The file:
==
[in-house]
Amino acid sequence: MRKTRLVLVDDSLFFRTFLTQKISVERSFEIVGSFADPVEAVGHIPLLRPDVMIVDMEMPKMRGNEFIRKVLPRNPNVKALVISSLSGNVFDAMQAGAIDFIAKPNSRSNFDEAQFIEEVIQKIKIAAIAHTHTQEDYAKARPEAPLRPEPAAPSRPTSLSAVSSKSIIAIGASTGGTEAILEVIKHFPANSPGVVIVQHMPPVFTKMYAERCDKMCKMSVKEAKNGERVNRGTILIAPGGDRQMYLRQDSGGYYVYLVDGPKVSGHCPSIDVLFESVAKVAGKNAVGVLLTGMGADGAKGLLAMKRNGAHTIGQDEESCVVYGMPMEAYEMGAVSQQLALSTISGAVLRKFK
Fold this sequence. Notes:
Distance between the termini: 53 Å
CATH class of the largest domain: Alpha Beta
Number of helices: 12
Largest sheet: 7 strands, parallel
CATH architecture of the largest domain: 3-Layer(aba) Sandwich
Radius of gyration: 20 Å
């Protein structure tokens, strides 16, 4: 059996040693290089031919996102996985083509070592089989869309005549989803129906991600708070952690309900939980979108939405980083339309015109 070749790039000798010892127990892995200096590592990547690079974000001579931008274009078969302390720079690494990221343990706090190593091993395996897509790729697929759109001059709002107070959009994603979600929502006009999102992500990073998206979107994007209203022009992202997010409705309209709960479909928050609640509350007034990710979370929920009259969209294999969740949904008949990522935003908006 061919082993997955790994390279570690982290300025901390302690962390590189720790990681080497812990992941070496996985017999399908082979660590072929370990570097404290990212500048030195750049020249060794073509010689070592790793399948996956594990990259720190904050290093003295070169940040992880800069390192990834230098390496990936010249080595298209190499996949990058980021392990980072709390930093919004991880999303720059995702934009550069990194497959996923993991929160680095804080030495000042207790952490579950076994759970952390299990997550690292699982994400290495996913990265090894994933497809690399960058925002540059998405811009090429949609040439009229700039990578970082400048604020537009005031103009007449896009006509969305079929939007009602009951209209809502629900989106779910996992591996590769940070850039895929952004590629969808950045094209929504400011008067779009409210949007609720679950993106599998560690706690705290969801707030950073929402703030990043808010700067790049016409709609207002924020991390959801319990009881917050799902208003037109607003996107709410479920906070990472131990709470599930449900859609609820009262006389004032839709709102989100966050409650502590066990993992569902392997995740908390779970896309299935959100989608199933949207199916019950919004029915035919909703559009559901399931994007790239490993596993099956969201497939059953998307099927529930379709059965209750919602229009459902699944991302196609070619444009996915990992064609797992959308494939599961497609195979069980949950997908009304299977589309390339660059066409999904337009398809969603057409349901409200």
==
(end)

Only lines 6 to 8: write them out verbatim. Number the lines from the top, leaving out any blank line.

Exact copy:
Number of helices: 12
Largest sheet: 7 strands, parallel
CATH architecture of the largest domain: 3-Layer(aba) Sandwich